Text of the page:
Well, some blood must be coated in victory. I mean, some people seem to have all the luck.
I mean, many are times when sons and daughters of winners somehow become winners, at some stage of their lives, themselves.
Now, maybe I need to clarify on what I mean by winners. If you are known, wherever you are, you are a winner. That is why we have community champions; people who lead the way in doing good things; something that serves more than themselves.
One is also a winner if they have influenced change in someone. Ah! One can even be a winner for doing nothing! I mean, doing literally nothing. Take, for instance, a man who does not batter his wife is, in many ways than one, a winner.
He has won by, without raising a finger, ‘escaping’ jail. An individual who has no vehicle can also be a winner. Come to think of it. Those who have no vehicle save on fuel, salary for a guard, money for engine oil, tyres and what have you. Ha! Ha! Ha! Ha! Ha! Ha! Ha! Ha! Ha! Ha! Ha! Ha!
Let me stop here, lest you accuse me of finding excuses for not having a car, let alone a wife. Ha! Ha! Ha! Ha! Ha! Ha! Ha! Ha! Ha! Ha! Ha! Ha!
After all, I am just talking about how I regard failure to ‘land’ a vehicle as victory.
The truth, even in this case, is that some people keep on ‘winning’. I am talking of those who have had no relationship with vehicles, in terms of owning one. They are winners because they are saving money.
And it happens that he whose father or mother was a ‘winner’, by virtue of having no car, will also be a ‘winner’ [saving fuel, salary, running away from tyre replacement and like costs] by having no vehicle because they, often, do not have the financial means to buy it.
But, then, there are winners who win because they have won something in real time.
Take, for instance, Samuel ‘Mjura’ Mkandawire. Before February 22 2015, he knew how to play some instruments, notably the guitar. He was a winner in this respect. More so because not many people know how to play the guitar. A musician whose name should remain under lock and key once taught me how to play the guitar. That exercise took us two months and I still do not know how to play the guitar.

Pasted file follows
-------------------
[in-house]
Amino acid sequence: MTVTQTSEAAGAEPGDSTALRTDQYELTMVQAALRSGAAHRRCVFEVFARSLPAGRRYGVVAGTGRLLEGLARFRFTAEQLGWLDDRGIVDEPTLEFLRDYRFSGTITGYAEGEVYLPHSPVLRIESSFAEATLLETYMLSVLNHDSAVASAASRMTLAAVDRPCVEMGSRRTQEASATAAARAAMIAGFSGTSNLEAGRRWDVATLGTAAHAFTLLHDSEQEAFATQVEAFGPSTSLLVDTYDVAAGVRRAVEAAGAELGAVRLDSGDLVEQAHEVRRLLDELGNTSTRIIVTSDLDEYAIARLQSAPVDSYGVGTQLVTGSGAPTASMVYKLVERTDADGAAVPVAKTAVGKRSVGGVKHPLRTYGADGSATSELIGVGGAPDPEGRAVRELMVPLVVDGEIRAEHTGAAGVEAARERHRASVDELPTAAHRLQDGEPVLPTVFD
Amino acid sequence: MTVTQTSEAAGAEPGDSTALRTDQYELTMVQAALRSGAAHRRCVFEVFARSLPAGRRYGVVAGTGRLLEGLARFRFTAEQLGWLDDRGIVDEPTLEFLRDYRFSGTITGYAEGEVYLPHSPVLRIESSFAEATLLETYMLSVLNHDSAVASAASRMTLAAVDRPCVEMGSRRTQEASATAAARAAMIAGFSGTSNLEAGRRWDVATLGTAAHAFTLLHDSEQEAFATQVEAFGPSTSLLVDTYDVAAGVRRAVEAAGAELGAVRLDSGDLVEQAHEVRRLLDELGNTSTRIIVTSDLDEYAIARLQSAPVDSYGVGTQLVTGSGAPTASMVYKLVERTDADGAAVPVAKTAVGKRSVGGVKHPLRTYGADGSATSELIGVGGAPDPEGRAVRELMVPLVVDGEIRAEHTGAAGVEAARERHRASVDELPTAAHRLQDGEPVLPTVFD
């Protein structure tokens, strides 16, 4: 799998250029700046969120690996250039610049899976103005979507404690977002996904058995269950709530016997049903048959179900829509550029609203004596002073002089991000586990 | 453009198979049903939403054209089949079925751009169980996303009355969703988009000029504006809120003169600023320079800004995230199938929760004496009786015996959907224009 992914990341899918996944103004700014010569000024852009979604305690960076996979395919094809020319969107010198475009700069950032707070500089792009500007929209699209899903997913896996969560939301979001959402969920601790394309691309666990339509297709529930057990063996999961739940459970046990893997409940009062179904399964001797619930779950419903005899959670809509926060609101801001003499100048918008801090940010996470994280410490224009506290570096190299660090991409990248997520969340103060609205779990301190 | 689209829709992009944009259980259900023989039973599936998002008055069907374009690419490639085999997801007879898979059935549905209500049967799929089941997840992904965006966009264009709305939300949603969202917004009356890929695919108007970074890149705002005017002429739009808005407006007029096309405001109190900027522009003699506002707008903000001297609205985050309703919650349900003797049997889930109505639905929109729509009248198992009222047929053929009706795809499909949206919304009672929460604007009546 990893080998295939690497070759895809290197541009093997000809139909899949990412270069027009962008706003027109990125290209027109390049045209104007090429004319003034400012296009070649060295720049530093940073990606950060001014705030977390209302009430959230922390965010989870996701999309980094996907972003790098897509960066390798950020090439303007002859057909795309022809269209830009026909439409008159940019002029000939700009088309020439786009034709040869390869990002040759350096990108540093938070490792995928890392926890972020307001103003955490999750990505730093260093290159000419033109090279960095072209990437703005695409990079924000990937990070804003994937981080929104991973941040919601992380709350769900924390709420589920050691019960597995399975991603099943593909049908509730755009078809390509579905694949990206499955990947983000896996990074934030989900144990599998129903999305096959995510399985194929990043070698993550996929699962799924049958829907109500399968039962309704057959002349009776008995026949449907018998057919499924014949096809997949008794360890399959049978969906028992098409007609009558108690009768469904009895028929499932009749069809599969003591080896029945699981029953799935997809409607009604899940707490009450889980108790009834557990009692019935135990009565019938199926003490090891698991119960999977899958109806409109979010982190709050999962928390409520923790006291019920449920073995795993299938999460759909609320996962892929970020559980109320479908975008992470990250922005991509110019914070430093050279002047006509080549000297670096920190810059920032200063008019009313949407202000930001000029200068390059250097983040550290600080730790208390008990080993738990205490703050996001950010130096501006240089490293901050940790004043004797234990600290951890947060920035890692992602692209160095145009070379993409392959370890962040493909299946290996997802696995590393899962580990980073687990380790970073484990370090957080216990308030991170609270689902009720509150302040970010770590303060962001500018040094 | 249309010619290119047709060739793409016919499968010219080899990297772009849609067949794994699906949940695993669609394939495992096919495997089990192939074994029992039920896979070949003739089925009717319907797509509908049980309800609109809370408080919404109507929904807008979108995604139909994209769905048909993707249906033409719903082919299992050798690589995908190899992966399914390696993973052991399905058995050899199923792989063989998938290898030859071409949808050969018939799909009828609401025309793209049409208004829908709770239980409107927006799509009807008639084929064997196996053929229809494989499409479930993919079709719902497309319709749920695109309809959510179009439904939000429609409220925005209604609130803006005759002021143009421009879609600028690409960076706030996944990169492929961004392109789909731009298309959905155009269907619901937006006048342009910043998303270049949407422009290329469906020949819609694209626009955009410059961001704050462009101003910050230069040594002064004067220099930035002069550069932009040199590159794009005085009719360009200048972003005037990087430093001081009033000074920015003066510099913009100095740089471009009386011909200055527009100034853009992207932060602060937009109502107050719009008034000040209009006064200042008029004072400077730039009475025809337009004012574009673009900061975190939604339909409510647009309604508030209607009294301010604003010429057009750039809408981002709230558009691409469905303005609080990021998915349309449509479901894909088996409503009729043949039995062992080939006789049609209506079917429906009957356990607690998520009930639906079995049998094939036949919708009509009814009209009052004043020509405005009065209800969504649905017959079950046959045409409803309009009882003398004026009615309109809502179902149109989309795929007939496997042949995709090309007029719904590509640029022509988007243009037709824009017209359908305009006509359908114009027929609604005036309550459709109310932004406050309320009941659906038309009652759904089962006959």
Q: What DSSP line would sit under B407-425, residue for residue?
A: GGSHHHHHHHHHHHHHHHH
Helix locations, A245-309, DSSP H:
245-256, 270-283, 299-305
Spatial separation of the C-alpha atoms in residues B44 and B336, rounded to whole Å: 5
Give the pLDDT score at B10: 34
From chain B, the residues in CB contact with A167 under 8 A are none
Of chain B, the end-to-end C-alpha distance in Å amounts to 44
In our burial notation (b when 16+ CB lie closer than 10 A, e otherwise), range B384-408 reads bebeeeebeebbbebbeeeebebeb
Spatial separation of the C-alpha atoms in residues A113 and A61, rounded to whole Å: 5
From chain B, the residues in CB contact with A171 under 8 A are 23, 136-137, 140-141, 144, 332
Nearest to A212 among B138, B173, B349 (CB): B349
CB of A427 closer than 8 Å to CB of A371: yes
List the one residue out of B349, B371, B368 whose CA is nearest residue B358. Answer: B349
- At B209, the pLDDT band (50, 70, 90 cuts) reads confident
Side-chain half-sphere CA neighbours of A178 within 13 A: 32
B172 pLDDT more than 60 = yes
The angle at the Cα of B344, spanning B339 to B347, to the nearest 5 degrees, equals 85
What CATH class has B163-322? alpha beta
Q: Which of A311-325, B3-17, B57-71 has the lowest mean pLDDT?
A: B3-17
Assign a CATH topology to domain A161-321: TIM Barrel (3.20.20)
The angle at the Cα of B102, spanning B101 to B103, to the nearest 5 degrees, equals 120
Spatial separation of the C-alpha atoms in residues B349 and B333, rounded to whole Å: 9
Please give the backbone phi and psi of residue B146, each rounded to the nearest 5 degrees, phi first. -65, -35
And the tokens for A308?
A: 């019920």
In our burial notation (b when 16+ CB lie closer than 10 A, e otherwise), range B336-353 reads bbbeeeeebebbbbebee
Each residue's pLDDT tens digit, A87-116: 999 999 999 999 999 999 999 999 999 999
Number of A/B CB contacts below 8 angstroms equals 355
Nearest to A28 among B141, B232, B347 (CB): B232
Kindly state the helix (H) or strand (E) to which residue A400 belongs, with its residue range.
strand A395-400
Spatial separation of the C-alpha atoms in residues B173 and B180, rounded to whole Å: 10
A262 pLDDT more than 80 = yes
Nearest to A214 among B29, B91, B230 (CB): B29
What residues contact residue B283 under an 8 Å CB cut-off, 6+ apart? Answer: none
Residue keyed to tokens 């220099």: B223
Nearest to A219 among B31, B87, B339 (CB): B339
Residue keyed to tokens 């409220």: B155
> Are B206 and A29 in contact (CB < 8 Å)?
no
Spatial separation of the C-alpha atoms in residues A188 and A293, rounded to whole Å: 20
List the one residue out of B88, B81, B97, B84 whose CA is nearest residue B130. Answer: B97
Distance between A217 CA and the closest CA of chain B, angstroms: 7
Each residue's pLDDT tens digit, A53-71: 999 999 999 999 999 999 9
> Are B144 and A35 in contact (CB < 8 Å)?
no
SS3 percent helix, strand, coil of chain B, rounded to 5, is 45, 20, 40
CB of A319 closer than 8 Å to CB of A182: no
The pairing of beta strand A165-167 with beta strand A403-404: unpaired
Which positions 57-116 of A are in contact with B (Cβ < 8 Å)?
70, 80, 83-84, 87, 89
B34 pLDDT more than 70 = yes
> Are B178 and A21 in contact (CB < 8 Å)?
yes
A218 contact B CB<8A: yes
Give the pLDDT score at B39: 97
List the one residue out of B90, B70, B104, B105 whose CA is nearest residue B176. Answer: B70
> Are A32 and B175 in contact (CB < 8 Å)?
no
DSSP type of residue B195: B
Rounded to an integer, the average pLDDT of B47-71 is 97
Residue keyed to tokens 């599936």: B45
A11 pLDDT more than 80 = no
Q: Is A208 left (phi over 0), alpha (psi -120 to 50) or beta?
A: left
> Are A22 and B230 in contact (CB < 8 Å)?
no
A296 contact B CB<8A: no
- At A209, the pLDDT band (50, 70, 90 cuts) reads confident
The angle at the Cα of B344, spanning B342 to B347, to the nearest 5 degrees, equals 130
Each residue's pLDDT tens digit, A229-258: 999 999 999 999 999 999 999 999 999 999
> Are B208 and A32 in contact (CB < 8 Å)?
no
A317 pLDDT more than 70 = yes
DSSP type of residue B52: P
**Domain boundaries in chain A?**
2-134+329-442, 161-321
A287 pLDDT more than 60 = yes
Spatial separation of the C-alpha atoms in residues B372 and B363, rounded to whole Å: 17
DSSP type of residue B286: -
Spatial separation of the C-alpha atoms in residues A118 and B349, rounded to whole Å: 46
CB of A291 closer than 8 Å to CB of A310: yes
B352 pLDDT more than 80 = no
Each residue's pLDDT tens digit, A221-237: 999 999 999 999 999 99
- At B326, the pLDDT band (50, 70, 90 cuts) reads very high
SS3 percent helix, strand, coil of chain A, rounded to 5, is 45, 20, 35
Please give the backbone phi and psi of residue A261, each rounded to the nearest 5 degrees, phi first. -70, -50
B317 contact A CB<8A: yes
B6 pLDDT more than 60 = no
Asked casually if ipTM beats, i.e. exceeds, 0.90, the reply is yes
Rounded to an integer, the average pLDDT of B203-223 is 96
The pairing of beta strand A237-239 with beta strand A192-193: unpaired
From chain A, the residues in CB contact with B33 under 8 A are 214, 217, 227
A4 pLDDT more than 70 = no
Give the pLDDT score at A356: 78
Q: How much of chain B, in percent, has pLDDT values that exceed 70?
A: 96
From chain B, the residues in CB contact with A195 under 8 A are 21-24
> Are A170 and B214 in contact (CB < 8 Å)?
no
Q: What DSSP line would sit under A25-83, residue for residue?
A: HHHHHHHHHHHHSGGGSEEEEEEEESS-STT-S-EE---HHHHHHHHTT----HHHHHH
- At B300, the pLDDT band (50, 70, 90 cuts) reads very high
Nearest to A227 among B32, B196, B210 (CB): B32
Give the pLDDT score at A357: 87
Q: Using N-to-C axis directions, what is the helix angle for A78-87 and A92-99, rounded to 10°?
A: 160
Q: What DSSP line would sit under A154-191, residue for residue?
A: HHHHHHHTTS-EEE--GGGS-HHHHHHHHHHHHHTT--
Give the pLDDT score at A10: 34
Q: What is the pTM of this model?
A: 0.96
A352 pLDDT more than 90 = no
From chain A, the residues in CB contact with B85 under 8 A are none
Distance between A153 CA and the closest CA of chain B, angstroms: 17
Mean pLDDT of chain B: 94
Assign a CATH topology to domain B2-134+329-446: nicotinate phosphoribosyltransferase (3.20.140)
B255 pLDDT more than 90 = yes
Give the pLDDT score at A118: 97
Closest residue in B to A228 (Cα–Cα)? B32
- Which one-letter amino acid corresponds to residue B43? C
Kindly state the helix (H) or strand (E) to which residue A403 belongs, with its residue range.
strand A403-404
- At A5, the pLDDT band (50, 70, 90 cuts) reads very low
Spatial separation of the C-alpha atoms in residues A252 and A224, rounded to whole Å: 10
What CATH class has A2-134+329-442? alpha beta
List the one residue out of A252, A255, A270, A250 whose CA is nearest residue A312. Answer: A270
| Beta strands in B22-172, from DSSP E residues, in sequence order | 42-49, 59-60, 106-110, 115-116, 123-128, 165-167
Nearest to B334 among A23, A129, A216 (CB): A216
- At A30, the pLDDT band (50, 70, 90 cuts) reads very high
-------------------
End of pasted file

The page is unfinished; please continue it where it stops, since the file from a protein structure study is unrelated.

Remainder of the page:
Not with Samuel.
Using his knowledge of the guitar, Samuel went on to be the winner in the first season of Airtel Trace Music Star singing competition, carting home K14 million.
Some people have all the luck.
What’s more? Samuel had plans to marry a woman who had been close to his heart for some time. The money came handy, thanks to the Airtel competition.
It was a typical case of killing two birds with one stone.
Now, it seems that Samuel will keep on winning. The artist, who gets a salary at a certain church in Lilongwe drives, thanks to his talent in music.
I mean, he has a car— which, by extension, means he can afford to pay a guard, buy engine oil, replace tyres, among other things.
“This car serves as a reminder that I won something,” he says, talking of the prize money he got from the Airtel competition.
Well, February 2015 is such a long time. It must be satisfying to look at something that is a fruit of something that happened way back.
One rests assured that they laboured, and laboured not in vain. Satisfaction, a rare commodity, flows like water in Samuel’s life, who is relieved that his dream came true.
Charge me anything, Samuel, for guitar lessons, and I will pay! Relief must be earning something for doing something one loves.
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